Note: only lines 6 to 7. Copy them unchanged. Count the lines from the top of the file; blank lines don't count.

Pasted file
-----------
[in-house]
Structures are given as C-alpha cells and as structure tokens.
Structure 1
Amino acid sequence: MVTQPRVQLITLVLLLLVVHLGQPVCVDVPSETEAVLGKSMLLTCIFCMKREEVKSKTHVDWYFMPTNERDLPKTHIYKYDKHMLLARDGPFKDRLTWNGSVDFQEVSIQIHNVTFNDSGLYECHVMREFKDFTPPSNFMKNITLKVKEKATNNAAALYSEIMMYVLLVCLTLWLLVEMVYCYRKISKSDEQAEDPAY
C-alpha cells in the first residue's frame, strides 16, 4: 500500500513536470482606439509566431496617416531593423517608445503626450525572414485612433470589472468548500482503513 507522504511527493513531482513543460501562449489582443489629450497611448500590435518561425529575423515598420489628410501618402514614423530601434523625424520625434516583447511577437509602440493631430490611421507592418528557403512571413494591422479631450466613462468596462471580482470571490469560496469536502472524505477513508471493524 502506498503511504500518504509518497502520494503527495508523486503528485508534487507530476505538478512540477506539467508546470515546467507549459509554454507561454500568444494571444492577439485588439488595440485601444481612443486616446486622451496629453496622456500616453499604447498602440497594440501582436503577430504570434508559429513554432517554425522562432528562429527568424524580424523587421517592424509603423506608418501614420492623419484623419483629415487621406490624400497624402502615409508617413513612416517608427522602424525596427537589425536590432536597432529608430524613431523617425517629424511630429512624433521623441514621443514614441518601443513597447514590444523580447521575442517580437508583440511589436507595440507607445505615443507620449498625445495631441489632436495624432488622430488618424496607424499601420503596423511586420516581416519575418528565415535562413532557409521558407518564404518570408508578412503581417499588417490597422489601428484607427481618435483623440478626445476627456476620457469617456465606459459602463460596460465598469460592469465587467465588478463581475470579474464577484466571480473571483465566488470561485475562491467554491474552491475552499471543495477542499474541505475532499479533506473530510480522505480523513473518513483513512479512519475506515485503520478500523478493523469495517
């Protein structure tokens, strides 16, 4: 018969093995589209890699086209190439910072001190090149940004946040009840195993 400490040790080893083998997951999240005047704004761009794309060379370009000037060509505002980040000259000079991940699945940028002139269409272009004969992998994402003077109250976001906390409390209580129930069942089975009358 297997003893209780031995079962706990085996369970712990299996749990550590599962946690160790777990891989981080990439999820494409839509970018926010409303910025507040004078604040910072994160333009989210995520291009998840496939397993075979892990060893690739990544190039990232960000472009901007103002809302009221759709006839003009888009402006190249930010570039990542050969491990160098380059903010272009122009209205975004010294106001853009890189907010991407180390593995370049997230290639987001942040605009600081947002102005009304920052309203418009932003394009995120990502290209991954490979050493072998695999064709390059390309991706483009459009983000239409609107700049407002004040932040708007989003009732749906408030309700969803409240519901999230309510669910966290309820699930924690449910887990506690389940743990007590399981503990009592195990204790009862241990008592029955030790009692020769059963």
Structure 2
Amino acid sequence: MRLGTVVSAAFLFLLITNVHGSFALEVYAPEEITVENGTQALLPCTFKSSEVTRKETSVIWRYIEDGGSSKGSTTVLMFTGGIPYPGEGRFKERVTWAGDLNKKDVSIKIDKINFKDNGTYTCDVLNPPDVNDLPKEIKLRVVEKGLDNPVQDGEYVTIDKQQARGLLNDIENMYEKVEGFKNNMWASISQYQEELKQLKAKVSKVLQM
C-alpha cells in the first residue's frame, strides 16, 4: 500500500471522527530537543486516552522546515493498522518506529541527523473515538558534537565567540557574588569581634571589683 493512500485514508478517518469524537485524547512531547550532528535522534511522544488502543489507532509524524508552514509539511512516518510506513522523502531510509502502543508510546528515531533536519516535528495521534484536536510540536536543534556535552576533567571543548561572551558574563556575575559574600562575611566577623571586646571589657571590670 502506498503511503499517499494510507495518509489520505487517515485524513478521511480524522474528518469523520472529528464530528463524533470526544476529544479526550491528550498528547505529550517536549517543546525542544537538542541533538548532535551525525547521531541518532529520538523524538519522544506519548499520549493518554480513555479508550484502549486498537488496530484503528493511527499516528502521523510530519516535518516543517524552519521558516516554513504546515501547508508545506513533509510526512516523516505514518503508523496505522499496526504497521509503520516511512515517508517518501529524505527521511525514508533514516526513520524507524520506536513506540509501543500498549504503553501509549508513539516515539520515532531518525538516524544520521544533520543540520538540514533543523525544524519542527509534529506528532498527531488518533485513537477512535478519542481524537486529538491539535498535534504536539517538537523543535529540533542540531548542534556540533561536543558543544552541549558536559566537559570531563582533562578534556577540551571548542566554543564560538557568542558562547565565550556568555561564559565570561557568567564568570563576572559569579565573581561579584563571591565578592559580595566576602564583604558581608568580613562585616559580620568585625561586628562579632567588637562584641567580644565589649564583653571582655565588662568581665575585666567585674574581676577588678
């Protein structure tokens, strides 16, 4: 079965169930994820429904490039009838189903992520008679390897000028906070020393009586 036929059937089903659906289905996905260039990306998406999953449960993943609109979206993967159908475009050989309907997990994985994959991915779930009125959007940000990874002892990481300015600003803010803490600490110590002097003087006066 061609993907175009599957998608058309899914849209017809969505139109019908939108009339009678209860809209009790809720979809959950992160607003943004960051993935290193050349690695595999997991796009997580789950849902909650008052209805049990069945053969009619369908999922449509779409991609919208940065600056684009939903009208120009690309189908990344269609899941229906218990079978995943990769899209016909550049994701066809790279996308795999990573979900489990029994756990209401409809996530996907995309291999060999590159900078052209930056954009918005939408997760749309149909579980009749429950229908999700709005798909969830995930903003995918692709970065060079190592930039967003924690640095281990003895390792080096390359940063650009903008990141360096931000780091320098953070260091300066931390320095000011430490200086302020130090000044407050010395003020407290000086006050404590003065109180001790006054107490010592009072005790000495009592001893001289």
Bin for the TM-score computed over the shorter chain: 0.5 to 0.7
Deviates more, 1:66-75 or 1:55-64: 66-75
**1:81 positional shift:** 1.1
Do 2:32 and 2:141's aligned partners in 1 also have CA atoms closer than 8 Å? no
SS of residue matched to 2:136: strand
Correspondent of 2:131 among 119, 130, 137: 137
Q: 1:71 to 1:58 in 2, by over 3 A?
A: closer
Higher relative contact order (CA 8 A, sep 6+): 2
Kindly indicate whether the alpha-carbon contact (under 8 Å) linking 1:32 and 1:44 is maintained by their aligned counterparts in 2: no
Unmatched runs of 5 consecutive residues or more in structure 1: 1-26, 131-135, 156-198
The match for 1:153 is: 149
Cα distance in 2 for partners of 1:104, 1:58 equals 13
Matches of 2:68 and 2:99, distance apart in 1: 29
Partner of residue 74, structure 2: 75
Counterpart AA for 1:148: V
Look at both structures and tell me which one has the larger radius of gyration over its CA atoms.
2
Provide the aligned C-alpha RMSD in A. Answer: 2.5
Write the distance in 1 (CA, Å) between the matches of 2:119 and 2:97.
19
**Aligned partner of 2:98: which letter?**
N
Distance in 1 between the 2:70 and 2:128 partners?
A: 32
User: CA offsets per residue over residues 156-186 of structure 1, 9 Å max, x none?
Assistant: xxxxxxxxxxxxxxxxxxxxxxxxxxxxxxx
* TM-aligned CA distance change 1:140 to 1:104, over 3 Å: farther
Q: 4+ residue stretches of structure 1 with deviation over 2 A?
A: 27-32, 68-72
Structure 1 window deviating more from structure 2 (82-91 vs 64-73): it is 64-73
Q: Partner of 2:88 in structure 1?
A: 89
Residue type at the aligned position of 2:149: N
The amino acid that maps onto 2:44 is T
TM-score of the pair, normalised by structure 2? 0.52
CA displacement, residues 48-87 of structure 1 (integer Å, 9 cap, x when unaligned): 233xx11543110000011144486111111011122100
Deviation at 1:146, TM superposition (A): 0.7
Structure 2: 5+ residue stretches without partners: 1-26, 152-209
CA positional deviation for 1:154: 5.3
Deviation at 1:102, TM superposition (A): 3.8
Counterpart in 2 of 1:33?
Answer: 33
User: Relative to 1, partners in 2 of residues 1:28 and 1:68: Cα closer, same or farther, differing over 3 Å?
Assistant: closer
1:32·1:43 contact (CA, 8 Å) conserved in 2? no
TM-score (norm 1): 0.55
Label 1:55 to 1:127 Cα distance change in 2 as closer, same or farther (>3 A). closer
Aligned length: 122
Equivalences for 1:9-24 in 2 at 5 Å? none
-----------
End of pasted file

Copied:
């Protein structure tokens, strides 16, 4: 018969093995589209890699086209190439910072001190090149940004946040009840195993 400490040790080893083998997951999240005047704004761009794309060379370009000037060509505002980040000259000079991940699945940028002139269409272009004969992998994402003077109250976001906390409390209580129930069942089975009358 297997003893209780031995079962706990085996369970712990299996749990550590599962946690160790777990891989981080990439999820494409839509970018926010409303910025507040004078604040910072994160333009989210995520291009998840496939397993075979892990060893690739990544190039990232960000472009901007103002809302009221759709006839003009888009402006190249930010570039990542050969491990160098380059903010272009122009209205975004010294106001853009890189907010991407180390593995370049997230290639987001942040605009600081947002102005009304920052309203418009932003394009995120990502290209991954490979050493072998695999064709390059390309991706483009459009983000239409609107700049407002004040932040708007989003009732749906408030309700969803409240519901999230309510669910966290309820699930924690449910887990506690389940743990007590399981503990009592195990204790009862241990008592029955030790009692020769059963």
Structure 2